Mabie Todd Blackbird 5261

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This Blackbird 5261 is in splendid condition, almost as if it came out of the shop today. Actually, it has been used but perhaps very little. I flushed blue ink out of it. The sac that I removed appeared to have been the original. The chasing is nice and sharp, as are the barrel and cap imprints. The chrome plating on both clip and lever is excellent. It is an adequately sized pen at 12.5 cm. The nib is medium and semiflexible.
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Looking at this pen, I wonder what is the difference between Blackbird and Swan. I know that gold has been saved on the nib of the Blackbird: it’s both shorter and thinner, but otherwise I struggle to see any difference in quality. This pen is very similar to smaller black chased Swan lever fillers of the same period. Set them side-by-side where you can’t see the imprints and you would have difficulty in telling them apart.
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Considering the splendid condition of this pen I suspect that it has been in a box until very recently. You just don’t see 1930s pens as bright and shiny as this if they’ve been kicking around in a drawer.

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About goodwriterspens
I restore fountain pens, and used to trade as redripple52 in eBay. I also have my own fountain pen sales website, www.goodwriterssales.com

8 Responses to Mabie Todd Blackbird 5261

  1. OptimamPartemElegit says:

    The bird imprint on the clip is so lovely! On your site for sale soon, Deb?

  2. Stuart (across the pond) says:

    This is not the first time that I have been astonished at your ironclad will and generosity to all of us, Deb.Truthfully, if I were the seller of this one, I would keep it for my own private collection. I must agree that the vintage vs condition of this pen are beyond belief….close to miraculous!
    Stuart (across the pond)

    • I already have my collection – or rather motley assembly of pens I like.

      • OptimamPartemElegit says:

        This is also the way I see my “collection”, Deb, with a little edge of romance. My obssession with fountain pens does’nt revolve around the diktat “I have to have the whole series, models,etc.” My collection is not about “series”, but “love stories”. My quest for pens is the quest for the idyllic pen: always the same “coup de foudre” for different ones.

  3. Paul S. says:

    ‘love at first sight’ is a great thing – perhaps it’s how the fairer sex see collectibles. Blokes tend to be obsessional when it comes to collecting – they desire what is rare and at times could almost murder for something which helps them to complete their list, and which others might want but can’t have – bit sad really:(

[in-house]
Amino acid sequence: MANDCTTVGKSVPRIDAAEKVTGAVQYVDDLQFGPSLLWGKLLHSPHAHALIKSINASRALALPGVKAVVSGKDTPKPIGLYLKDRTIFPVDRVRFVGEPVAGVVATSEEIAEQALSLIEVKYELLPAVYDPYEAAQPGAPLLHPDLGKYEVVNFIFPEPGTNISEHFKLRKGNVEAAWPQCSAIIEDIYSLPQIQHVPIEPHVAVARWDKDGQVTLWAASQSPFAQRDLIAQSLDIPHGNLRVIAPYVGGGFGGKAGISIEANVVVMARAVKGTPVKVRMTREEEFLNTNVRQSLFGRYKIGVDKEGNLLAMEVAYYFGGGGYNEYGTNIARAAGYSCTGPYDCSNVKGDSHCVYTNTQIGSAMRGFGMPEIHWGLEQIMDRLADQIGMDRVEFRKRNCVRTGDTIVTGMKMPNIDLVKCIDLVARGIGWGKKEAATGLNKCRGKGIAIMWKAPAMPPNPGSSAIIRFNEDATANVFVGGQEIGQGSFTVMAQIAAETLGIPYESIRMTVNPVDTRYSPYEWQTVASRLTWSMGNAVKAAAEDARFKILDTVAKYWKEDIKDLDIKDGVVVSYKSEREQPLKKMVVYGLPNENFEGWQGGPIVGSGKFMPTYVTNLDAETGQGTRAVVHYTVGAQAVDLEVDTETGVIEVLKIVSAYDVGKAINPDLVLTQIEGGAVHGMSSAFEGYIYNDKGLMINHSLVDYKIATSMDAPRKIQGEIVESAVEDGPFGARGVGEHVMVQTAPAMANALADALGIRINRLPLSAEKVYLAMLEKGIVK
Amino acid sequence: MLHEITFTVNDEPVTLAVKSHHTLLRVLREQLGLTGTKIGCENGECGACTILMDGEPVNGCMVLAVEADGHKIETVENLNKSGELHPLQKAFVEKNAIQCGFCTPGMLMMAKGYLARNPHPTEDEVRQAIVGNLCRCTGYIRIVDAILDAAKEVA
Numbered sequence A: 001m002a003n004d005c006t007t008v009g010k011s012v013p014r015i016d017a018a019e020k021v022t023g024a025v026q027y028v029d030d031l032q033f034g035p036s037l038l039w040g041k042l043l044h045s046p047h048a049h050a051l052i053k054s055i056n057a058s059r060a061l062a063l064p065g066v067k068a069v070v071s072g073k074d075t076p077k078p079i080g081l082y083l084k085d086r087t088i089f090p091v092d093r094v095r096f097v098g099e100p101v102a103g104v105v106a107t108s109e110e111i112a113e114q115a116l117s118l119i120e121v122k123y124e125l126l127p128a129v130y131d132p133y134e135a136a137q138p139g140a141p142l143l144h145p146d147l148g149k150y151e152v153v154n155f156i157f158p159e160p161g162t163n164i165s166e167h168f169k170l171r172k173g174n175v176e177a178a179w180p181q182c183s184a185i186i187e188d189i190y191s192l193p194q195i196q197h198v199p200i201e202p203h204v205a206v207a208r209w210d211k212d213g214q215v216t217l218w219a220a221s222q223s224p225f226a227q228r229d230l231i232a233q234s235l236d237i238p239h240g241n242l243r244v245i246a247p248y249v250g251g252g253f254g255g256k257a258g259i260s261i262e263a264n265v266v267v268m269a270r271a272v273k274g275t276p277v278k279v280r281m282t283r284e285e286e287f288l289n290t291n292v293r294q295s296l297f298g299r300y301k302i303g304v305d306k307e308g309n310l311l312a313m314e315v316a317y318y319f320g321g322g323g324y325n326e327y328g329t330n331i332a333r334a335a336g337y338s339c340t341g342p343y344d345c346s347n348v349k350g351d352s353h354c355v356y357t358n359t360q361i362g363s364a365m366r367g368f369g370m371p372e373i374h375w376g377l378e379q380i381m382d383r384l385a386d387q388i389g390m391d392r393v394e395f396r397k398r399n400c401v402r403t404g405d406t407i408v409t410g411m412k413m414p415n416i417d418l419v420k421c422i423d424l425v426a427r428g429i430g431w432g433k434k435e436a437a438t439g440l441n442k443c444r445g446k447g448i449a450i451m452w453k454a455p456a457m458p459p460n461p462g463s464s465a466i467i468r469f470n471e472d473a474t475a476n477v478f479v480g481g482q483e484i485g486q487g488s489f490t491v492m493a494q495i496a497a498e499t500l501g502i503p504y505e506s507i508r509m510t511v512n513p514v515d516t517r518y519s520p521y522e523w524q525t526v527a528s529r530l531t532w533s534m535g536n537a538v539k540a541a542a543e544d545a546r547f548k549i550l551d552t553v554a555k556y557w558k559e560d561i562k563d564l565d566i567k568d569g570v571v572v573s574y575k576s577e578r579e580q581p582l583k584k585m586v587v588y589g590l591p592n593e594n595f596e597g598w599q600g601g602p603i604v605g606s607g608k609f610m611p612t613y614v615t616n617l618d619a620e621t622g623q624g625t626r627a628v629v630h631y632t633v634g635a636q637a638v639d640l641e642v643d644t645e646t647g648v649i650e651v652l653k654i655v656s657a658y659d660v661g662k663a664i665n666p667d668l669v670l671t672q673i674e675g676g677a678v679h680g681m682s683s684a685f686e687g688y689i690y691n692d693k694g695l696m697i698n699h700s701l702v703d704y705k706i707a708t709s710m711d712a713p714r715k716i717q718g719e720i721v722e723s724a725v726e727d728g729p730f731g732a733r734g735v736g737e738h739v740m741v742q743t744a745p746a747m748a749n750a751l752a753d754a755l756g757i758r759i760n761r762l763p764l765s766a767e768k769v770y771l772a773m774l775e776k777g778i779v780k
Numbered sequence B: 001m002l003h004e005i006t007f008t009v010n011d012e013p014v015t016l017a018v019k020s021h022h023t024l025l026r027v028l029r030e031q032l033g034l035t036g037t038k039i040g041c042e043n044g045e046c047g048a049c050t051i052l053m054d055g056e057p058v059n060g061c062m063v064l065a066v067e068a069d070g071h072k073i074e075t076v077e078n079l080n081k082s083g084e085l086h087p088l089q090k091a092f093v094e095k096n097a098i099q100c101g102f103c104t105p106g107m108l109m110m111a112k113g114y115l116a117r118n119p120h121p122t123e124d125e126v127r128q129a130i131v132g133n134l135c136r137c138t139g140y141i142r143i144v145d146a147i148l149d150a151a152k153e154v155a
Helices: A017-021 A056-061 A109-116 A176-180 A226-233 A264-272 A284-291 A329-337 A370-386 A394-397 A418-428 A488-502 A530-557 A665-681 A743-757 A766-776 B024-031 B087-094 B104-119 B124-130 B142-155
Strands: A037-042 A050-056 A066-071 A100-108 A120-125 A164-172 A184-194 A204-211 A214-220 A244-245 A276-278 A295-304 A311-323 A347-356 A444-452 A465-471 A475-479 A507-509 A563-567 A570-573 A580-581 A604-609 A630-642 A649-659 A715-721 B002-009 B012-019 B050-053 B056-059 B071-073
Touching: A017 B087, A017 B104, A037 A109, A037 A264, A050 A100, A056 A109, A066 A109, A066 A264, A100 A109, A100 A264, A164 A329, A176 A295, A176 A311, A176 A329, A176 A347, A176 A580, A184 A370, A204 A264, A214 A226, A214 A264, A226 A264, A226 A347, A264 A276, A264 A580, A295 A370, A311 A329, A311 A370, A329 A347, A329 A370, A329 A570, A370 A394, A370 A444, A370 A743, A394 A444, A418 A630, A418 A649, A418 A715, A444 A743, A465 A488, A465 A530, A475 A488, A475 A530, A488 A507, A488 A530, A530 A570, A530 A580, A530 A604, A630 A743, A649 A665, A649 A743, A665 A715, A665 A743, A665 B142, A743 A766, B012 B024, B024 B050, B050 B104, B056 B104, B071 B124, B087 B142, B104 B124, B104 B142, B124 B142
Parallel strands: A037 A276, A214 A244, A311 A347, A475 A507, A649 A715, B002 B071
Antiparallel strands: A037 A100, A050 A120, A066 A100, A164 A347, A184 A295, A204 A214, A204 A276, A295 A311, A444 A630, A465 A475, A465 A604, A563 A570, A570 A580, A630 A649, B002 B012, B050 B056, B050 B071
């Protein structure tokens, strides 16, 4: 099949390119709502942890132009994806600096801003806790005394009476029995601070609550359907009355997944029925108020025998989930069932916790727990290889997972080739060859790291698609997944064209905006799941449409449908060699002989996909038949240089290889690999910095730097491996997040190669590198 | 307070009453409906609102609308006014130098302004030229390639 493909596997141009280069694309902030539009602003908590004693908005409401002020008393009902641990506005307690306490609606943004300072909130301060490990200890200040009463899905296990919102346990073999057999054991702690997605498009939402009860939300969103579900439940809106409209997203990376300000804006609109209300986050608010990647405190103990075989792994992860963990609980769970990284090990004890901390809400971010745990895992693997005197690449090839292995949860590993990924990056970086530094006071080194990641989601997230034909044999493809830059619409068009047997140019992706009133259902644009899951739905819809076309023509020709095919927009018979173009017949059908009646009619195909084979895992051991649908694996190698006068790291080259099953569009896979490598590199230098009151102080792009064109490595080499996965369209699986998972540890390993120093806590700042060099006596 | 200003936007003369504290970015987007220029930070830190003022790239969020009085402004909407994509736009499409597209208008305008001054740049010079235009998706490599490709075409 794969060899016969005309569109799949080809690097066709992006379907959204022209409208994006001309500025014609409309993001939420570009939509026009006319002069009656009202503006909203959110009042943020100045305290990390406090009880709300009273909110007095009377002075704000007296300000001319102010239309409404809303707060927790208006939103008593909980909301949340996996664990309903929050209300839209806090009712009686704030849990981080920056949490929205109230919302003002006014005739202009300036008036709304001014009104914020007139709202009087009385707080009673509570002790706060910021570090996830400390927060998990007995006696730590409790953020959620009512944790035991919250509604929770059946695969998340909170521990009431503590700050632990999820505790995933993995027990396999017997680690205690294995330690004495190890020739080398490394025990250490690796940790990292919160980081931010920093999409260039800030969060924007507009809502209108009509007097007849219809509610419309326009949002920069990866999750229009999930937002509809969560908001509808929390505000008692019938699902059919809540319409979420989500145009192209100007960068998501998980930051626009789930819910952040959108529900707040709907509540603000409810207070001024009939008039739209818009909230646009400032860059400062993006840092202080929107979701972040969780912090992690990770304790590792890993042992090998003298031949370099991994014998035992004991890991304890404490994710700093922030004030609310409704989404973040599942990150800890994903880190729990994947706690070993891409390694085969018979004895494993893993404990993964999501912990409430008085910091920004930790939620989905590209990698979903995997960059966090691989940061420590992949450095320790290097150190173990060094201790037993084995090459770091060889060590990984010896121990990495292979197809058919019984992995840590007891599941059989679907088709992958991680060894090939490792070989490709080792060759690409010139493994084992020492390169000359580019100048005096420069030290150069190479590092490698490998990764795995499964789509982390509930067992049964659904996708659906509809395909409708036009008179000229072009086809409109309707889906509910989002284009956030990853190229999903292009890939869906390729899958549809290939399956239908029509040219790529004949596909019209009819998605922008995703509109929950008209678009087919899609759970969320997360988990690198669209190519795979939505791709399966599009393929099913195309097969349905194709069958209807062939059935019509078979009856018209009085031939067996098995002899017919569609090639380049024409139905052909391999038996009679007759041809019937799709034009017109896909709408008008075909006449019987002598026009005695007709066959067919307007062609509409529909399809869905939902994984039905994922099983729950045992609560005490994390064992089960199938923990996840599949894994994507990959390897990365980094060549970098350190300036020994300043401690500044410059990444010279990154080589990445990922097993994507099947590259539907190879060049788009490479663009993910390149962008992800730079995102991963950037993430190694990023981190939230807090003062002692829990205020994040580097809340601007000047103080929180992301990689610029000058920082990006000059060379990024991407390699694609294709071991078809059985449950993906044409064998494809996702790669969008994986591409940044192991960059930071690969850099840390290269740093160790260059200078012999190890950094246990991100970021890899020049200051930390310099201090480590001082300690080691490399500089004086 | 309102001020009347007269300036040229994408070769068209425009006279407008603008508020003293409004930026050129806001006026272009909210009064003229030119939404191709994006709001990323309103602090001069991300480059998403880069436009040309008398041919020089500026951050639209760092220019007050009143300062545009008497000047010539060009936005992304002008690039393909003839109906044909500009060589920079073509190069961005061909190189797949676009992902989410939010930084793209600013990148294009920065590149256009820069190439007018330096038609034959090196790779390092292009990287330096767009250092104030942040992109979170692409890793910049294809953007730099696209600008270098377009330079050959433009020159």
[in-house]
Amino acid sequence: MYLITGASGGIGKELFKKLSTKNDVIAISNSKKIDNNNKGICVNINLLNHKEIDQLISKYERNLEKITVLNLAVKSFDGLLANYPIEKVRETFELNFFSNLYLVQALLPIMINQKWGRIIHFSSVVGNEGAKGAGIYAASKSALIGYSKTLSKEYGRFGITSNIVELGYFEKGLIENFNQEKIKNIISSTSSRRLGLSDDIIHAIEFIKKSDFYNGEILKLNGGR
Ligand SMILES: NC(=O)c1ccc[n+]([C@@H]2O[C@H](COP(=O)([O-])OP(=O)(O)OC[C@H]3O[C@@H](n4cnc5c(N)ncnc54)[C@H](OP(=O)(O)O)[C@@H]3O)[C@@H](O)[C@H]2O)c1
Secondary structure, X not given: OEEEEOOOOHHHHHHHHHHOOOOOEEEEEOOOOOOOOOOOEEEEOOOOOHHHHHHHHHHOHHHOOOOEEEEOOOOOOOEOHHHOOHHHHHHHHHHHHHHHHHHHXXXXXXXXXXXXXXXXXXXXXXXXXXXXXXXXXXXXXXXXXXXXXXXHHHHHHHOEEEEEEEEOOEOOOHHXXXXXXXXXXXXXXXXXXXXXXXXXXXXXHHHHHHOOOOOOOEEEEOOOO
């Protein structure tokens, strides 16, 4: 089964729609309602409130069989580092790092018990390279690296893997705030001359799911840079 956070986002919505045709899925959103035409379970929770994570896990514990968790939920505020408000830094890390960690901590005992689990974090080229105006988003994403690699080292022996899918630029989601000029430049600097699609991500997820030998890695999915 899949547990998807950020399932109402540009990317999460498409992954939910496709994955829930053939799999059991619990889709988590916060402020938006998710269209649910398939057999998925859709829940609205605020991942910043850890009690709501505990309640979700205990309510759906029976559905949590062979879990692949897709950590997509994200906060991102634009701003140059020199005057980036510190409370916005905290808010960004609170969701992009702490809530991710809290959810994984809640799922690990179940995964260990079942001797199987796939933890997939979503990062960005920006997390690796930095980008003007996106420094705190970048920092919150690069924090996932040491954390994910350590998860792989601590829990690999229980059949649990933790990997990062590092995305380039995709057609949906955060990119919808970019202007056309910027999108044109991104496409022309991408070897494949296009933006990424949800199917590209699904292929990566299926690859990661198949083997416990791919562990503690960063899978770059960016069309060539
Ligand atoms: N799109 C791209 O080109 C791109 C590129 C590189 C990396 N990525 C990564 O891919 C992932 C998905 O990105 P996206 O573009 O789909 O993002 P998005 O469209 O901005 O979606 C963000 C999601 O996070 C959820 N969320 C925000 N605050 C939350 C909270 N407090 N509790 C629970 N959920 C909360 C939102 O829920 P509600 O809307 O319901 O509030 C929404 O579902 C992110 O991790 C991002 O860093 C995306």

But am sure you can have a foot in both camps – the yearning to own something that was held by another perhaps 100 years ago – that might tell a few stories if only it could talk. I get the feeling that we’re hung up on history more than we think — that’s all of us except Deb, of course, who finds it easy to part with beautiful pens:)

    As individuals we are, if nothing else, subjective, what we see in pens is what we want to see – an expression of our own emotional view of life.

    Is there really just one idyllic pen I wonder?:) I don’t see any obvious ‘love stories’ in my pens – but for me they represent a time gone by – a slower pace of life when we all wrote cursive joined up writing with a fountain pen, and there were ‘standards’ in life – so I guess for some of us it’s all about nostalgia.

  4. OptimamPartemElegit says:

    We are at the same place. Idyllic in an orphean, platonic sense. A nostalgic and unending quest for a lost ideal, for an epiphany that we aim to retrieve. Vintage fountain pens are objects that kept an eminent and vivid trace of that loss.

  5. Paul S. says:

    Regarding Deb’s comment as to the lack of obvious difference between Blackbirds and Swans – and bearing in mind that I’ve only a dozen M.T. pens with which to form an opinion – I’d offer the suggestion that post 1920 Swans are overall a tad longer and possibly given to greater bling than Jackdaws and Blackbirds.
    As a perceived view of the status of these ‘birds’, no doubt folk would think of Swans as being more grand than a mere blackbird or Jackdaw. But then again I’ve a mid 1950’s Swan that looks very bland.
    Pity that I can’t attach pix, but I’ve what appears to be a c. 1928 s.f. engine turned completely gold filled Swan, although lacking hall marks (which I assume is because it is stamped ‘MADE IN U.S.A.’) – this pen appears in Andreas Lambrou’s book where he includes it under U.K. made pens. Judging by the books, only some of the very early eye dropper Blackbirds might equal the bling on this pen.
    Another Swan I have is a SF 230, decorated with double gilt bands on the barrel, and a 4mm red ripple disc just below the gilt blind end cap – with a red ripple flat jewel in it’s centre.

    Just my twopenn’th:)

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